How to remain safe on wet roads


Rain driving tips
These tips will keep you and your passengers safe on wet roads.
1. Routinely check your tyres
Always check your tyres before you hit the road.
Make sure you do the following routine maintenance:
Keep your tyres properly inflated.
Check the tyre treads depth.
Proper tread depth will help prevent skids and aquaplaning.
2. Slow down
As rain falls, it mixes with grime and oil on the road creating slick conditions perfect for skids.
The best way to avoid skidding is to slow down.
Driving at a slower pace allows more of the tyre tread to make contact with the road, which leads to better traction.
3. Know how to recover from a skid
Skids can happen even to the most cautious drivers.
If your car does skid, remember not to slam on the brakes.
Do not pump the brakes if you have an anti-lock braking system (ABS).
Instead, apply firm, steady pressure to the brakes and steer the car in the direction of the skid.
4. Keep your distance from the car ahead
Wet-weather driving demands gentle use of all the main controls – steering, clutch, brake and accelerator.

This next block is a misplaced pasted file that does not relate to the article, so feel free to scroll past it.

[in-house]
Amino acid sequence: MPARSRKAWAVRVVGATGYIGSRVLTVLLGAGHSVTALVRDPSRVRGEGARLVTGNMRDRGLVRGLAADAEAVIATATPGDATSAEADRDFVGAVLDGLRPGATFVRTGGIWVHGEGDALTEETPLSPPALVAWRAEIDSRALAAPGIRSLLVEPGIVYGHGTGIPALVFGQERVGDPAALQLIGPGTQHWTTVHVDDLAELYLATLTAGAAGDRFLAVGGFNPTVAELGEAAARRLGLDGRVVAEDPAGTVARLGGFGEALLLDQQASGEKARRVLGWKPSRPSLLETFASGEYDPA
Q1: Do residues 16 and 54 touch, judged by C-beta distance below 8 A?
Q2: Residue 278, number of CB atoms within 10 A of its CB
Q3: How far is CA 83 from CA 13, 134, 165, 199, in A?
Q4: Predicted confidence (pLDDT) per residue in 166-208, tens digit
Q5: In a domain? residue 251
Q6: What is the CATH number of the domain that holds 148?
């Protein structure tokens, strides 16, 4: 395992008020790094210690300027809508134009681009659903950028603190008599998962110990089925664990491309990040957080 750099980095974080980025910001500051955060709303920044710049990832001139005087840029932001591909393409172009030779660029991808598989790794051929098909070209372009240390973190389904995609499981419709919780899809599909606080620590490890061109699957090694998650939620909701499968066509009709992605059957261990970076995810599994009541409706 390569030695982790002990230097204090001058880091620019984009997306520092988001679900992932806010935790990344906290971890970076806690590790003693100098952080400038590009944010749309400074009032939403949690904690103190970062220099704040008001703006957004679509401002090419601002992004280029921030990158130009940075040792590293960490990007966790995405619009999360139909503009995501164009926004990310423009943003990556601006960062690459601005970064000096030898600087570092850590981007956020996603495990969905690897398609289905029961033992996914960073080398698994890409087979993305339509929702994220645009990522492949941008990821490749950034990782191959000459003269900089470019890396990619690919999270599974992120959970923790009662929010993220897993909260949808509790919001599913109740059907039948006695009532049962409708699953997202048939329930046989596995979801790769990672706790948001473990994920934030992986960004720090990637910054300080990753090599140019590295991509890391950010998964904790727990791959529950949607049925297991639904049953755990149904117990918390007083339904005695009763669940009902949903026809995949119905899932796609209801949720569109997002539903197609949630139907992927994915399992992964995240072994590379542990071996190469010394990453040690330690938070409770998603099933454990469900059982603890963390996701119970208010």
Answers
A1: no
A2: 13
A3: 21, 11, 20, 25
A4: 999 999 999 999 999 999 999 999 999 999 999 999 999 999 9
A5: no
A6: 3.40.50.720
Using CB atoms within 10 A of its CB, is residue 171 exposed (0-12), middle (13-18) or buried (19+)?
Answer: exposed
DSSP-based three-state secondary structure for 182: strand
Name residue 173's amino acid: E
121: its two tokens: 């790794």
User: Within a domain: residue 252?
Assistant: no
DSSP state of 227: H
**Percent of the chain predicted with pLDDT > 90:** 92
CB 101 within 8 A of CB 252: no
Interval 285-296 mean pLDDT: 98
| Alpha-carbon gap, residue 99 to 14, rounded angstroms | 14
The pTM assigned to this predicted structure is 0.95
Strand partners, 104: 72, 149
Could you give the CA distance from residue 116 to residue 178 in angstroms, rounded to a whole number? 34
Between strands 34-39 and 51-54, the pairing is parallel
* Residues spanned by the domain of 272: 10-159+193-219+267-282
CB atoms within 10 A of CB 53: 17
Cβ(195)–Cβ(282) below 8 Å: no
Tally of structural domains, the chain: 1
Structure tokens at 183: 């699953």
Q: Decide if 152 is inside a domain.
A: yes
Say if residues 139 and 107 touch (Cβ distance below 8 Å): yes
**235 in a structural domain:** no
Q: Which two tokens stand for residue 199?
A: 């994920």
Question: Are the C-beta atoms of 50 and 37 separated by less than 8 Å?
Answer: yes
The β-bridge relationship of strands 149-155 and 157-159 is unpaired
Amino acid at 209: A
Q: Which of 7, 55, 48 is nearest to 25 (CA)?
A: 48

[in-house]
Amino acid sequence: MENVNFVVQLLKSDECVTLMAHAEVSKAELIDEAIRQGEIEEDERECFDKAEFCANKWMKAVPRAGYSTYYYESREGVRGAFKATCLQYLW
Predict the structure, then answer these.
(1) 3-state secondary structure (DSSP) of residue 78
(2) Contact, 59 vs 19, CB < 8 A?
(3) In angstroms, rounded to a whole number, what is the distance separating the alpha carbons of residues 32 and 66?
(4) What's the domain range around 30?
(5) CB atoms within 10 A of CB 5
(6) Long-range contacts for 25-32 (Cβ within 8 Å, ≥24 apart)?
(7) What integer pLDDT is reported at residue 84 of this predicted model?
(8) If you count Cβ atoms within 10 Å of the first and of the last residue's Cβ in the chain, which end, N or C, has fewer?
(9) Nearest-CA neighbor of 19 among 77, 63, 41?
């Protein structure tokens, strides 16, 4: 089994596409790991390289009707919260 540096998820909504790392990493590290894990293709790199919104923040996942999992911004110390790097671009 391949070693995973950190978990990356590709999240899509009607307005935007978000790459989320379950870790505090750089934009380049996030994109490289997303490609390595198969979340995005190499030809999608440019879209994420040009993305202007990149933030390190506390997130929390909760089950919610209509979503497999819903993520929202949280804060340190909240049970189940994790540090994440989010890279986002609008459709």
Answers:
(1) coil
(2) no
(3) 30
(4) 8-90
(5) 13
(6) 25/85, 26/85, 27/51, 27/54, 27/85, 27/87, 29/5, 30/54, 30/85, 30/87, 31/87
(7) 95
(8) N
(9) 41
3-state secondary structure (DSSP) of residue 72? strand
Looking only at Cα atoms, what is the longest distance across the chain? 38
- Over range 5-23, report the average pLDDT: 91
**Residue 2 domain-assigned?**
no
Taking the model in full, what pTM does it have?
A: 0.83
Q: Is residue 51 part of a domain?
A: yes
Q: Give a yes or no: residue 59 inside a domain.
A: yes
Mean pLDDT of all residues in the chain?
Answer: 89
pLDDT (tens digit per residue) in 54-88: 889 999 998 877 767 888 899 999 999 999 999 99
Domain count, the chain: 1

When you begin a journey in rain, your shoes will be wet and can easily slip off the pedals.
Scuff the soles on the rubber matting or carpeting of the car before you start the engine.
Regularly check that headlights, rear lights, brake lights and turn indicators are working properly.
It takes about three times longer to break on wet roads than on dry roads.
Keep a little more than two car lengths between you and the vehicle in front of you.
5. If the rain becomes too heavy, stop!
Heavy rain can overload the wiper blades, allowing an almost continuous sheet of water to flow over the screen.
When visibility is so limited that the edges of the road or other vehicles cannot be seen at a safe distance, it is time to pull over and wait for the rain to ease up.
Keep your headlights on and turn on your hazard warning lights to alert other drivers.
6. Don’t drive while fatigued
Stop at least every couple of hours or every hundred miles to rest. –


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